There’s been a little buzz, and frankly some people freaking out over Facebook’s plan to force all fan pages to be secured by October 1, 2011. As of this writing, that leaves us fan page owners about a month to prepare. According to Facebook:
As the web evolves, expectations around security change. For example, HTTPS — once a technology used primarily on banking and e-commerce sites — is now becoming the norm for any web app that stores user information. We feel that HTTPS is an essential option to protect the security of Facebook accounts, and since Apps on Facebook are an important part of the site, support for HTTPS in your app is critical to ensure user security.
Just a quick look at the comments shows that this sweeping – and unstoppable – change is not being taken well by a lot of developers and fan page owners. Myself, I feel that forcing developers to secure fan pages that are displaying basic content with a fan gate, video and images is a little over the top.
The effects of this is that every single fan page on Facebook – whether they use free tab apps, custom code, Fanpage Connect Free or Pro – all of them have to be secured. So the bottom line is, whatever your feelings on the upcoming change, it’s really beside the point. It’s going to happen. So what can you – or what must you – do about it?
As of right now, you havedayshoursminsec
Until Facebook flips the switch and requires all fan pages to be secure. Are you ready? Let’s see what securing your fan pages means, and more importantly, what it’ll cost you. It’s not as bad as you think!
What is SSL?
SSL stands for Secure Socket Layer. Basically, it’s the technology whereby a user’s browser and your server talk to each other using encrypted data. This makes it much harder (not impossible) for hackers and other nasty people to get personal data.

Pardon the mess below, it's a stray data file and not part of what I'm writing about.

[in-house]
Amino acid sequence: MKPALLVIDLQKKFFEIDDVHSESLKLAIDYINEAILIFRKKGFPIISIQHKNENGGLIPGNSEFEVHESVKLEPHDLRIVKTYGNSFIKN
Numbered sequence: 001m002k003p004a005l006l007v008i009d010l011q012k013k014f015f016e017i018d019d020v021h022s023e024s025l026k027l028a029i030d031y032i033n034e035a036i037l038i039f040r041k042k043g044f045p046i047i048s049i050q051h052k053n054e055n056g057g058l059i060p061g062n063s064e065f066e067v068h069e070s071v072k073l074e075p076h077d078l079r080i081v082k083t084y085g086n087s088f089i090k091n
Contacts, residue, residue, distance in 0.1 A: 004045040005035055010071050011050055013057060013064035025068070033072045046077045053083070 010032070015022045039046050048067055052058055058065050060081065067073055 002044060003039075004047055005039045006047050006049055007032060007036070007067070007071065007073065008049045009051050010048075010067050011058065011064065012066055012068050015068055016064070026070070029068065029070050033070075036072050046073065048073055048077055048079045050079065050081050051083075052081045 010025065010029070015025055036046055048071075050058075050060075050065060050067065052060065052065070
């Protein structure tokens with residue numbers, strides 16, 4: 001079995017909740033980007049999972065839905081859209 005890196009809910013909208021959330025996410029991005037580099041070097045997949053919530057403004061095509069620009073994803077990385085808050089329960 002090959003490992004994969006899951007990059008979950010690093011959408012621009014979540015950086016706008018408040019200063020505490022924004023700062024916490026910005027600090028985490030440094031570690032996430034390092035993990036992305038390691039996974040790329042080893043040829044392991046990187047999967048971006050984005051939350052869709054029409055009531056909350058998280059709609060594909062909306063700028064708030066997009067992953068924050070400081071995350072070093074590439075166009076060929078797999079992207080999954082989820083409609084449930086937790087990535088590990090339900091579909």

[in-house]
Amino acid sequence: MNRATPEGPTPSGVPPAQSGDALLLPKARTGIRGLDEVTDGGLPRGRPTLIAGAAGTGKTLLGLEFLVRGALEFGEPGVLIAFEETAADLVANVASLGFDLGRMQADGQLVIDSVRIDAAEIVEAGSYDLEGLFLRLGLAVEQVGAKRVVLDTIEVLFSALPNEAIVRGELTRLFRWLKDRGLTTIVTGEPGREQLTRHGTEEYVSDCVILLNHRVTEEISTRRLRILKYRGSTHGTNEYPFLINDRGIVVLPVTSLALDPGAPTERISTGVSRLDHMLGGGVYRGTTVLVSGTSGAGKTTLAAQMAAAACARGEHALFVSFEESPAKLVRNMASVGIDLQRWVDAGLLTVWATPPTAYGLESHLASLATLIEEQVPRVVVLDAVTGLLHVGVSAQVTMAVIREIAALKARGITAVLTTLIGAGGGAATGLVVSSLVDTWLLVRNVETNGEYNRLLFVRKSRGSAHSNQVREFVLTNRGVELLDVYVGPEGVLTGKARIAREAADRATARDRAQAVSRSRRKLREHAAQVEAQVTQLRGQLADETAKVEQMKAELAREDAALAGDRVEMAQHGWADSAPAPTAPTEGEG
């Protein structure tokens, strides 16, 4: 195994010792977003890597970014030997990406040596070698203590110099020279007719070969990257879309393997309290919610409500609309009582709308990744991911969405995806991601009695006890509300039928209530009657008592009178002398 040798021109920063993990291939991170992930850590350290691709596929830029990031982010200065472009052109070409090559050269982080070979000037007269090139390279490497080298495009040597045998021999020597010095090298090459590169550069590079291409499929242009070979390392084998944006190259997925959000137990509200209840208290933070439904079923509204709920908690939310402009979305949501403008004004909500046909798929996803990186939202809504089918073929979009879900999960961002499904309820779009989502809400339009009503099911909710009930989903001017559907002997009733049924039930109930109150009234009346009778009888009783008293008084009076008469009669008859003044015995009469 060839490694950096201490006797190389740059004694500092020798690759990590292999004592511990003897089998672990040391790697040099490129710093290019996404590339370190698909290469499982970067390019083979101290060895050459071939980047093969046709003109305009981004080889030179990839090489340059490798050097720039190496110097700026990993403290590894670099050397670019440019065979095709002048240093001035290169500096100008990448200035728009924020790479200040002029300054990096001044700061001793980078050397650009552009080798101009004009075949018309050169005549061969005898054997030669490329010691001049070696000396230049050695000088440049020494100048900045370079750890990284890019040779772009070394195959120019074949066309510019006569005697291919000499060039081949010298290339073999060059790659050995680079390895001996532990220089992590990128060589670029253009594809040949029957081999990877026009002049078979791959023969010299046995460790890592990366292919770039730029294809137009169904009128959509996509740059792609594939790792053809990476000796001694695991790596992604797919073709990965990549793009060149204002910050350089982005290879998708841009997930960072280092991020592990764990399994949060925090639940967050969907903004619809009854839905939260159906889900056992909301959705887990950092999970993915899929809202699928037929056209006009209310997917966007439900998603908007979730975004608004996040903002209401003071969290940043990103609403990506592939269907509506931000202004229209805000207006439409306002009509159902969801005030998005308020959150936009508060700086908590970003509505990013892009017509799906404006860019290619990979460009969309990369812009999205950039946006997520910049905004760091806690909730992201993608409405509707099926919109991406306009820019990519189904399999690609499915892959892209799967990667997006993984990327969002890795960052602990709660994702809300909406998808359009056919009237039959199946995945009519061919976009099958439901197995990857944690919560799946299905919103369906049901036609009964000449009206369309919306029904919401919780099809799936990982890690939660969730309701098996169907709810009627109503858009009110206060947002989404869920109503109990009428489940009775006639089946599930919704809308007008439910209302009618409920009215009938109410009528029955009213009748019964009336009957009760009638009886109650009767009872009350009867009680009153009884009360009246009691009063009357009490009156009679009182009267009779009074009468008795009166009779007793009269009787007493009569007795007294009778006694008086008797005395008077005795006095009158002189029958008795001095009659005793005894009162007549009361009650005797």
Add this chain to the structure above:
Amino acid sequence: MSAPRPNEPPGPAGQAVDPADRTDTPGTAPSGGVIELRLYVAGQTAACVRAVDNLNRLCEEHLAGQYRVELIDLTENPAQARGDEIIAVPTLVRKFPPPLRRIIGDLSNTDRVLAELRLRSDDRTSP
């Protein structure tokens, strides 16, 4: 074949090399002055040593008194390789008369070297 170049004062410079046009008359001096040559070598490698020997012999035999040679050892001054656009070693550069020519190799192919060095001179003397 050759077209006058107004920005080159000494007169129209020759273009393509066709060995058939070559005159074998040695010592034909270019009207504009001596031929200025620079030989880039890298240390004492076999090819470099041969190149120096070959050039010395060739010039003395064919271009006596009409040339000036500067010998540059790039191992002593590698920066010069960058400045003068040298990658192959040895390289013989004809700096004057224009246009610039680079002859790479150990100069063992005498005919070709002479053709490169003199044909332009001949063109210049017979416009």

To secure your site, your server needs to have a secure certificate installed, either shared by your host (works for a lot of domains), or a single certificate for your site/domain only.
If you’re going to be using a single site certificate, then you’ll also need a dedicated IP address for your site.
Shared SSL vs. Standard/Dedicated SSL
Shared SSL can be provided by your web host and generally doesn’t take too much work to get going, and is typically no additional cost. Basically, your host will give you an additional domain/URL that lets you access your site securely, like yourWebSite.yourHostsSecureURL.com. While the URL is ugly, it’ll work, especially if you’re pages will be inside Facebook’s iFrames.
The downside to shared SSL is that WordPress doesn’t play well with it, and while your web host may provide shared SSL, it might not work on your blog. If it does work, then you’ll still need an extra WordPress plugin to make it work well – but we’ll get to that in a minute.
As an example, we use IX Web Hosting for some of my sites, and their shared SSL is working very well with our fan pages. Our shared SSL URL is: fanpageconnectdemo.c9.ixwebhosting.com (wow that’s ugly) and you can see that our Fan Gate example works pretty well. However, we’ve had some reports that other hosts’ shared SSL doesn’t work so well with WordPress.
Standard SSL will most likely be the solution for most fan page owners and developers. To secure your site, you’d need to A) buy a secure certificate, B) get a dedicated IP, and C) have your host install your secure certificate. All in all, the process is not overly hard.
Ok, So How Much is This Going to Cost?!
This is what’s been freaking people out, and really it’s not bad. Seriously! How much are you paying for hosting – 7, 8, 10 dollars per month? Typically, a dedicated IP address will cost you an extra $4 per month. That’s less than one grande latte per month. One of our hosting accounts, IX, costs about 8 bucks a month, and we get 15 dedicated IPs. That’s a great deal.
Ok, so let’s talk SSL certificates. Right now, GoDaddy has a sale on secure certificates: $12.99 for a 1 year certificate. So that’s what, three lattes? For a whole year?
Usually, SSL certs aren’t that cheap and they normally run about $89 per year per domain. Ok, so now we’re up to about $7.50 per month. And if any cost is too much, then StartSSL.com has SSL certs free for one year!
So while your costs might go up somewhat to market your product or company, it definitely won’t be breaking the bank. In fact, it’s really more of a nuisance to do the the work of securing your fan pages.